Altcademy - a Forbes magazine logo Best Coding Bootcamp 2023

What is tkinter in Python

Understanding tkinter: The Gateway to GUI Programming in Python

When you're just starting out with programming, the ability to create a graphical user interface (GUI) can feel like learning a magic trick. Suddenly, the programs you write aren't just text on a screen; they have buttons, sliders, and text boxes that anyone can interact with, even if they don't know anything about code. This is where tkinter, Python's built-in GUI library, shines as a tool for beginners.

What is tkinter?

tkinter is a standard interface to the Tk GUI toolkit shipped with Python. Think of it as a collection of building blocks that you can use to create applications with graphical elements that users can interact with, such as windows, buttons, and text fields. It's designed to be simple enough for beginners to get started with GUI programming quickly.

Why Use tkinter?

The beauty of tkinter lies in its simplicity and its availability. Since it's included with Python, there's no need to install anything extra to get started. It's also cross-platform, meaning the code you write will work on Windows, macOS, and Linux without any modifications.

A Simple tkinter Example

Let's dive into some actual code to see tkinter in action. Here's how you can create a basic window:

import tkinter as tk

root = tk.Tk()
root.title("My First tkinter Window")
root.geometry("300x200")  # Width x Height


This code snippet does a few things:

  1. It imports the tkinter module.
  2. It creates the main window (root) for your application.
  3. It sets the title of the window to "My First tkinter Window".
  4. It defines the size of the window to be 300 pixels wide and 200 pixels tall.
  5. It starts the event loop with root.mainloop(), which is necessary for the window to appear and stay open.

When you run this code, you'll see a small window pop up with the title you've set.

Adding Widgets to Your Window

In tkinter, widgets are the elements that make up your GUI—buttons, text fields, labels, etc. Let's add a button to our window:

import tkinter as tk

def on_button_click():
    print("The button was clicked!")

root = tk.Tk()
root.title("My First tkinter Window")

button = tk.Button(root, text="Click Me!", command=on_button_click)


This code creates a button that prints a message to the console when clicked. The command parameter is used to specify a function to be called when the button is clicked.

Layout Management

You may be wondering what button.pack() is doing. This is part of tkinter's layout management, which determines how widgets are placed in the window. The pack() method is one of the geometry managers available in tkinter that organizes widgets in blocks before placing them in the parent widget.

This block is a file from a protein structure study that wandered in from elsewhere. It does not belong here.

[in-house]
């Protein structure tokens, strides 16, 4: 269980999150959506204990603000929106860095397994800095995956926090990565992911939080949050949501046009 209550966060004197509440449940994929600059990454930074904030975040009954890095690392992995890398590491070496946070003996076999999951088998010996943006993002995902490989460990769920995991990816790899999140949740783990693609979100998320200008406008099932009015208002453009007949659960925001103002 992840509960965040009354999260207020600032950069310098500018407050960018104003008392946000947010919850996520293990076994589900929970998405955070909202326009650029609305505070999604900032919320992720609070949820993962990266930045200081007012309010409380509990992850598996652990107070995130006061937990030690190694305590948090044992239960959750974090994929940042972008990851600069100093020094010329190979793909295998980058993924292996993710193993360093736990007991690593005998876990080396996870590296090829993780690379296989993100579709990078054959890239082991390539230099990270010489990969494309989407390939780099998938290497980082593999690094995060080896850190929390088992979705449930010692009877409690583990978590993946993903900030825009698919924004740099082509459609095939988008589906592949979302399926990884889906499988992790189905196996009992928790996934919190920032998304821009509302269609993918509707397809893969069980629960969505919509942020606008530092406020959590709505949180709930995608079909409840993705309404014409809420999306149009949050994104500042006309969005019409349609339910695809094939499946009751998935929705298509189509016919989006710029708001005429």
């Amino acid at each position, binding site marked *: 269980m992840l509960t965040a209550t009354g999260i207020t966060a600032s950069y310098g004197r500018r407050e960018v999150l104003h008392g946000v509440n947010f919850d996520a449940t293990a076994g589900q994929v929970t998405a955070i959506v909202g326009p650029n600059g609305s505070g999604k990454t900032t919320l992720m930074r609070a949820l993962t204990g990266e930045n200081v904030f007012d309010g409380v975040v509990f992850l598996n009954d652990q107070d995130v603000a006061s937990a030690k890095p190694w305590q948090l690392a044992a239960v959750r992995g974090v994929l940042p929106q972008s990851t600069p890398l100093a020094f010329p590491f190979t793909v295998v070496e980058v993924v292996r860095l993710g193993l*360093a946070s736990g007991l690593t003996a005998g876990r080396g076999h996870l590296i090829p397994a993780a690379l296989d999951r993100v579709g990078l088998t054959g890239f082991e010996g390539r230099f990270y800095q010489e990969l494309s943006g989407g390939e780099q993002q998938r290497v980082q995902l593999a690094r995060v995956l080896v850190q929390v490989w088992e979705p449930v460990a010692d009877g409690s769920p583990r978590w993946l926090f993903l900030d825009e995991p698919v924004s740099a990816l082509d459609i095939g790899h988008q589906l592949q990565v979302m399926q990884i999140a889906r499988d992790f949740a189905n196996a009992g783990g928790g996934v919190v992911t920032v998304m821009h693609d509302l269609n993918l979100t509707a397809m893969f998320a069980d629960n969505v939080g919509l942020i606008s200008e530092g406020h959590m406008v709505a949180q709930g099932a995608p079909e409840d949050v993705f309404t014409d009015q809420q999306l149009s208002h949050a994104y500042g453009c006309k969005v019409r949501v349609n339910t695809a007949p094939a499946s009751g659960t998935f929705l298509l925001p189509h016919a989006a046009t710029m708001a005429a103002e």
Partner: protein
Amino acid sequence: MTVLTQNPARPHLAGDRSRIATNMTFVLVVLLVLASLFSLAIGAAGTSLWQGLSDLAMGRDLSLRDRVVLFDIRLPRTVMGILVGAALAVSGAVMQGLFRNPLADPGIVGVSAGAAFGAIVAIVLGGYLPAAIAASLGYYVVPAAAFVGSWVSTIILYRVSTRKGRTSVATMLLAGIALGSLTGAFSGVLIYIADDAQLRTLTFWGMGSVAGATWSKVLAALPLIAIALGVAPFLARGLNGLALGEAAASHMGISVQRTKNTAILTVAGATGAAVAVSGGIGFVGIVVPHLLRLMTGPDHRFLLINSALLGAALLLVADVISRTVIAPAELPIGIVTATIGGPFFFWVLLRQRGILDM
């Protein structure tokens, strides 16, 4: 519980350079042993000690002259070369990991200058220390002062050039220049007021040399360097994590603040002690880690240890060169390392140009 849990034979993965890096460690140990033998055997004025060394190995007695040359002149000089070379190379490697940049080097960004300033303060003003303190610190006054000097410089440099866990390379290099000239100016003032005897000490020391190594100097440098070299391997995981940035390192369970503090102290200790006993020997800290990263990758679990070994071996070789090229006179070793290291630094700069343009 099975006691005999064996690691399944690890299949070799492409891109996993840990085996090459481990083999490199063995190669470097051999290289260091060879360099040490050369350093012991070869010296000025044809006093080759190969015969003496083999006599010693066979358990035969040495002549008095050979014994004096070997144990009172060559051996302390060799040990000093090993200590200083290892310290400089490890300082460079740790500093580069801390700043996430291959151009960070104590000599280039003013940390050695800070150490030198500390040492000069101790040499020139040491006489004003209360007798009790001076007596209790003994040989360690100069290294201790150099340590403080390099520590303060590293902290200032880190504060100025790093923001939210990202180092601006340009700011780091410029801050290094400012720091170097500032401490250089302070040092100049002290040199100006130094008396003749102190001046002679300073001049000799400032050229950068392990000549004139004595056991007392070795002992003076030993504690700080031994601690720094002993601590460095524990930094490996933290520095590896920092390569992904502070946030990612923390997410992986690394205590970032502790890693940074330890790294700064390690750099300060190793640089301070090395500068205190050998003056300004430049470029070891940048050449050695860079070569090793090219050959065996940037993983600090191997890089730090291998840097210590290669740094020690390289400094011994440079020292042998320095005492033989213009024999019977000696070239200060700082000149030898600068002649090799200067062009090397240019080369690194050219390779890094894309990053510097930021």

Intuition and Analogies

Imagine your GUI as a bookshelf. Each widget is like a book, and the pack() method is like arranging these books neatly in rows. You can also use other methods like grid(), which is like organizing your books in a grid of rows and columns, or place(), which is like putting a book exactly where you want it on the shelf by specifying the coordinates.

Handling User Input

A GUI isn't much use if we can't interact with it. Let's add an entry widget for text input and modify our button to display what's typed in:

import tkinter as tk

def on_button_click():
    entered_text = entry.get()
    print(f"You entered: {entered_text}")

root = tk.Tk()
root.title("My First tkinter Window")

entry = tk.Entry(root)

button = tk.Button(root, text="Submit", command=on_button_click)


Now, when the button is clicked, the program will fetch the text from the entry widget and print it out.

Creating a More Complex Layout

Let's create a slightly more complex layout with labels, entry widgets, and buttons:

import tkinter as tk

def on_submit():
    username = username_entry.get()
    password = password_entry.get()
    print(f"Username: {username}, Password: {password}")

root = tk.Tk()
root.title("Login Form")

# Username
username_label = tk.Label(root, text="Username:")
username_entry = tk.Entry(root)

# Password
password_label = tk.Label(root, text="Password:")
password_entry = tk.Entry(root, show="*")

# Submit Button
submit_button = tk.Button(root, text="Submit", command=on_submit)


Here we've added labels to identify the entry fields and a show="*" parameter to the password entry so that the password is not displayed as it's typed.

Conclusion: The First Step in Your GUI Programming Journey

By now, you should have a basic understanding of what tkinter is and how you can use it to create simple GUI applications in Python. It's a wonderful way to start bringing your code to life in a more visual and interactive way. While tkinter may not have all the bells and whistles of more advanced GUI frameworks, it's a perfect starting point for beginners, allowing you to learn the principles of GUI design in a straightforward and forgiving environment.

Remember, like any form of art, programming is not just about following instructions. It's about experimenting, making mistakes, and learning from them. So go ahead and play around with tkinter. Add different widgets, try out different layout managers, and see what you can create. Your journey into the world of GUI programming has just begun, and the possibilities are as limitless as your imagination. Happy coding!